The Liberal press, both in this country and elsewhere, pretends to be shocked and alarmed by this recrudescence of absolutism. We, of course, are neither shocked nor alarmed, nor even surprised. As we said before, the Duma to us was never anything more than a fig-leaf on the body of the old absolutism, and what has happened now was expected as inevitable from the very beginning. If there is anything surprising at all to us in the whole affair it is that Stolypin should have chosen for his coup d’état the moment and the pretext he did. One had thought that the Duma would not be dismissed until the question of the Budget, including the loan, were decided one way or another; and, even if so, that a pretext would have been found which could give the dissolution some sort of justification in the eyes of the bourgeois world. As it happens, neither is the case. The Budget was still under discussion in the committee, where the tendencies were not at all against the Government; while the charge against the Social-Democrats which served as a pretext for dissolution was the clumsiest imaginable. Evidently it was a mere accident of court intrigue which has decided for dissolution at this particular moment—as it can, for the rest, be inferred from the wording of the Czar’s Manifesto which points to it having been drawn up some considerable time ago.
On looking back to the career of the Second Duma, one cannot remain blind to the fact that the only party which emerges from the difficult position, in which it had been placed, with triumph, is our own party, the Social-Democrats. The Revolutionary Socialists were simply nowhere. Nobody took the slightest notice of them, and, in the end, when sending out invitations to a congress of the party, had themselves to confess that they do not know what to do and how to act. On the other hand, the Cadets, that is, the Liberals, knew perfectly well what to do and how to act; but their doings and actions, guided as they were by cowardice, subserviency to the Government, and the alternate fear of the revolution and dissolution, were such that they now stand discredited in the eyes of the majority of their own followers, and have probably forfeited their future political career. Lastly, the Toil Group, which had played in the first Duma the leading part, presents a spectacle of such helplessness of action and poverty of thought, that the most charitable thing which can be said of it is that it only reflected the confused state of political education in which the great peasant masses, whom it represented, find themselves at their hour of transition. On the whole, as we say, without any party bias, the Social-Democrats were the only party which excelled in tactics as well as in talents and proved the only party of opposition in the Duma. No wonder that all the wrath of the autocracy has, with a sure instinct, been finally discharged against them, and most, if not all of them, are now confined in the cells of the St. Petersburg prisons waiting for deportation to Siberia. History will not forget their services or their martyrdom.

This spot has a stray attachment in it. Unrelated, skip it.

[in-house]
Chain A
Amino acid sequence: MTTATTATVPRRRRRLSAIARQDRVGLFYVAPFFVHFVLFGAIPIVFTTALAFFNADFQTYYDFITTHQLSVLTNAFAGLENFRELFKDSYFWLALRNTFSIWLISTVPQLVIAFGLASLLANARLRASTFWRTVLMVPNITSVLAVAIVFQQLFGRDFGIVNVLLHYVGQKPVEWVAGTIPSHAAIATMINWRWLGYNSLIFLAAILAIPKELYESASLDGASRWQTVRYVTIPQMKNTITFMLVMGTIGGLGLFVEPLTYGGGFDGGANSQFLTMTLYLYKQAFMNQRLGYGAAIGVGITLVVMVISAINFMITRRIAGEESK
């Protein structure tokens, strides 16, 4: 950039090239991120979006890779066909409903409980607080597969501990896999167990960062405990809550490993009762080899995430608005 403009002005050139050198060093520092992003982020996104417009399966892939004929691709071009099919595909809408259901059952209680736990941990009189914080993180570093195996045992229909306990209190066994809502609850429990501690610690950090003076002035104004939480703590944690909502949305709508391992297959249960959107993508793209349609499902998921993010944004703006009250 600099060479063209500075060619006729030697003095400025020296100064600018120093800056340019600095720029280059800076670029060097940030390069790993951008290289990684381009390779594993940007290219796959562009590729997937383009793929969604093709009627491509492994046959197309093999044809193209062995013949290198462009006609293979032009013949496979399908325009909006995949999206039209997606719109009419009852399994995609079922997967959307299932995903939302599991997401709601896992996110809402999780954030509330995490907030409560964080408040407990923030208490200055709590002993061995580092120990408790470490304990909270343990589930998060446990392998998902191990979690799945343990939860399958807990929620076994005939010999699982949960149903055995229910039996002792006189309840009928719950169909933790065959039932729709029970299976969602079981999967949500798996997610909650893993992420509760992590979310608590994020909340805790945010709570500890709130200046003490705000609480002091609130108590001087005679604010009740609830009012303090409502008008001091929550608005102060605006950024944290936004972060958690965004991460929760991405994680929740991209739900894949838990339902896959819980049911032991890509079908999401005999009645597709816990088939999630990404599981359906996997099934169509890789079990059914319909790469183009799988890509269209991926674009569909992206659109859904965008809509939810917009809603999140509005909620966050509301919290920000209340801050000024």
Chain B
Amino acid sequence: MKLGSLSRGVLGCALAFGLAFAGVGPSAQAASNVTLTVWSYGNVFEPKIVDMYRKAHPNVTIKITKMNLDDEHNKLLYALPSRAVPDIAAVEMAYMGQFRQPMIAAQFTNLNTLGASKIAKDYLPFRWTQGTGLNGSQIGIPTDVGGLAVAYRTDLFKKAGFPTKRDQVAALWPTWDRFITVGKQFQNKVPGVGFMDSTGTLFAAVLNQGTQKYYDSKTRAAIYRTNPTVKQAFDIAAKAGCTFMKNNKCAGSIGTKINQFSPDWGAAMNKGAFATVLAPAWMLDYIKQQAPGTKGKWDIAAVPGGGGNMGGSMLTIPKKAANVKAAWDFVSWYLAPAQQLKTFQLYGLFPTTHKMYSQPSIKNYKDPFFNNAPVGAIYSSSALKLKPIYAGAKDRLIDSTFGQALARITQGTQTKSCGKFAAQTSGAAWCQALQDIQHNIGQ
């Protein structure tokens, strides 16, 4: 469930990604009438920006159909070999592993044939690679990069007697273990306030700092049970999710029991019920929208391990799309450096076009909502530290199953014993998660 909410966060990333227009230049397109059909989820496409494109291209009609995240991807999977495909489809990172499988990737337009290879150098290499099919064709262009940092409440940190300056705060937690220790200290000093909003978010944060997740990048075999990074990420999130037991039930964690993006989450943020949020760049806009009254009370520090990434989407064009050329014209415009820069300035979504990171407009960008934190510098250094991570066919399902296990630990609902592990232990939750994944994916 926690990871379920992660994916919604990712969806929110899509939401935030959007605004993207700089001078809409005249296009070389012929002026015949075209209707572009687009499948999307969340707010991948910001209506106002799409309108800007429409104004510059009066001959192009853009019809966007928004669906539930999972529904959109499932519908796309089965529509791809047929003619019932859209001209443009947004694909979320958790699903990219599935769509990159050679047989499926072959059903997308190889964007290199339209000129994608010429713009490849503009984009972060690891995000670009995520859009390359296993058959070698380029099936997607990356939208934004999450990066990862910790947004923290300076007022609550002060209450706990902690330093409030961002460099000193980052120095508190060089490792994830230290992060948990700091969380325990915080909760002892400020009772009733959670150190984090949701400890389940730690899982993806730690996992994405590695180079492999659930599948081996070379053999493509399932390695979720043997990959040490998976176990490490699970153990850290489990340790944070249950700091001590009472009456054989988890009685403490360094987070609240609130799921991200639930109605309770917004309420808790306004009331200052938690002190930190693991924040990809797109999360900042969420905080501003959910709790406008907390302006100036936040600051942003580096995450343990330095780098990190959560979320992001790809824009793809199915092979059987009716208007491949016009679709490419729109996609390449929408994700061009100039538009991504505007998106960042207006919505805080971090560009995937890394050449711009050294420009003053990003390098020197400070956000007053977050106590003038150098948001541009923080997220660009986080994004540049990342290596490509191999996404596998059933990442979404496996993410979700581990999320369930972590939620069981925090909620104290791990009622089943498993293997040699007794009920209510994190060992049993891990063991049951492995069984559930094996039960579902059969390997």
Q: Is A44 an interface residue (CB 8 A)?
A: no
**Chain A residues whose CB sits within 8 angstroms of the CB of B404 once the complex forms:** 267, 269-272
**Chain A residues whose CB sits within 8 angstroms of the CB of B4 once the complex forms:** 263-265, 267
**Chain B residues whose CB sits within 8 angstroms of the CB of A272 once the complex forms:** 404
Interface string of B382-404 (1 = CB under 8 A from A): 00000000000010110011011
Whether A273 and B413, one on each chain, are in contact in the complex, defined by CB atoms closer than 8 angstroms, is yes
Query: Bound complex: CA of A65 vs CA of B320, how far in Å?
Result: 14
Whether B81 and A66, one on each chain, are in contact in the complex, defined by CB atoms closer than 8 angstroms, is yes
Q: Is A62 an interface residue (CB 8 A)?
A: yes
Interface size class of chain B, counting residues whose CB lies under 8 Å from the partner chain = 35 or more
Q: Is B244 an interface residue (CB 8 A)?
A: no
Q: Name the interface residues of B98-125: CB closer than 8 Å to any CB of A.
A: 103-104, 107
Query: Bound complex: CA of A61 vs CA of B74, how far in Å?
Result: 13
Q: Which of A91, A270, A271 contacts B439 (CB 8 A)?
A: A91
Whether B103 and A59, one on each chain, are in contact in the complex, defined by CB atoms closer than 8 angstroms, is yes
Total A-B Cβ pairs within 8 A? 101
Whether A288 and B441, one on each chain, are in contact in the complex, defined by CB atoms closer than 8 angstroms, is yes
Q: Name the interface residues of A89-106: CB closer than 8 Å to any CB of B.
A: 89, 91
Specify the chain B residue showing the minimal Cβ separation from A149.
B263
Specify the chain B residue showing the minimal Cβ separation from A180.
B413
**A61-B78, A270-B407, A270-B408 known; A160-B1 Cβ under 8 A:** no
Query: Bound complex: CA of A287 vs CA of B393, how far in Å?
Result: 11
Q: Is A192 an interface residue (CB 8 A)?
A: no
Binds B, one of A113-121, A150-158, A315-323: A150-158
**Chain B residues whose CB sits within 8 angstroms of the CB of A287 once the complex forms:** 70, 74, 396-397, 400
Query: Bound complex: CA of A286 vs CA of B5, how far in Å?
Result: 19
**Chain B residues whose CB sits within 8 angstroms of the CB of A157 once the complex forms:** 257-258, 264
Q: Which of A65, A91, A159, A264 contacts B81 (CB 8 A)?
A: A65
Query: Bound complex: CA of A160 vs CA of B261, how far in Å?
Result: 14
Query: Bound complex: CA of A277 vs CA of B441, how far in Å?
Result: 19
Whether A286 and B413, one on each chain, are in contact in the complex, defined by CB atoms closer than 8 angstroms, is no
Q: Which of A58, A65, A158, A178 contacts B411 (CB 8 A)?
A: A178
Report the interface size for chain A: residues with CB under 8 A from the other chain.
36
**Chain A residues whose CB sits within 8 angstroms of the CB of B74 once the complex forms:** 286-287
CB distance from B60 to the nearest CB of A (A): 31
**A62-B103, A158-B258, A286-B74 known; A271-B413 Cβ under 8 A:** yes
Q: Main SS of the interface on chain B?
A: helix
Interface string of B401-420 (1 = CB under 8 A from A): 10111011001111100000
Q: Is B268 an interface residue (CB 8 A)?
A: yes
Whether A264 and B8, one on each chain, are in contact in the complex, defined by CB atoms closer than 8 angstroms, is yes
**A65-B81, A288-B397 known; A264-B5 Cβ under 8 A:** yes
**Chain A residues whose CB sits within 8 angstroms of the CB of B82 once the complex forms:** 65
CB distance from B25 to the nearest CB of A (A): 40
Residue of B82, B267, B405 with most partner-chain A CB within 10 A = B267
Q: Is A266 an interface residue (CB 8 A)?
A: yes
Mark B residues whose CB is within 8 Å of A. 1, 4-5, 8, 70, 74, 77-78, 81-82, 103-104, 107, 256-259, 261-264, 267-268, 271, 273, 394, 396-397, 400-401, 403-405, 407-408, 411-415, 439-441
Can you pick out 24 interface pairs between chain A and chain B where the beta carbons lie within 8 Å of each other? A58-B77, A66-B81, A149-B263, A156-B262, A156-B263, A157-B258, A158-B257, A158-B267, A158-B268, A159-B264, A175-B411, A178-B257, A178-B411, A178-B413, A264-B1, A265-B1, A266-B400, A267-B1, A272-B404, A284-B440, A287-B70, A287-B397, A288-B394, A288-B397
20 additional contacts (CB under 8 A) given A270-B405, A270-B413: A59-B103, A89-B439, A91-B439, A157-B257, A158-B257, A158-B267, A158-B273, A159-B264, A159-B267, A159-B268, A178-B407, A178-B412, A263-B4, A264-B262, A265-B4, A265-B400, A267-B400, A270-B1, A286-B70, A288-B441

What the near future may be—no man can tell either abroad or even in Russia. The proletariat, and to an extent the town classes in general are always prepared for action, but they, themselves, are fully aware that it would be sheer madness on their part to begin anything before the peasants make a decisive move. And the peasants are a big sphinx. No one, and least of all they themselves, know what is passing in their minds, and numbering as they do 80 millions, and scattered as they are over a vast area, their action is an unknown quantity which it would be rash to discount in advance. Nevertheless, the ultimate outcome of the present struggle cannot be doubted for one moment. Russia, whatever the powers of reaction may try, cannot possibly revert to the state of things preceding October, 1905, and the abyss which separates new Russia from the old will not be bridged over by any dissolutions, coups d’état or field courts-martial. Russia has once and for all been shunted off the old track, and unless the powers of resistance prove so great that it falls into stagnation and final disruption, it is bound to move along the new road. In this connection the very passivity, which distinguishes the peasants at the present moment will serve the revolution in good stead, as their pent-up rage, once it breaks out, will supply the motive force which will make a clean sweep of the autocracy. Let us hope that this moment may soon arrive and spare us the innumerable horrors which are otherwise inevitable.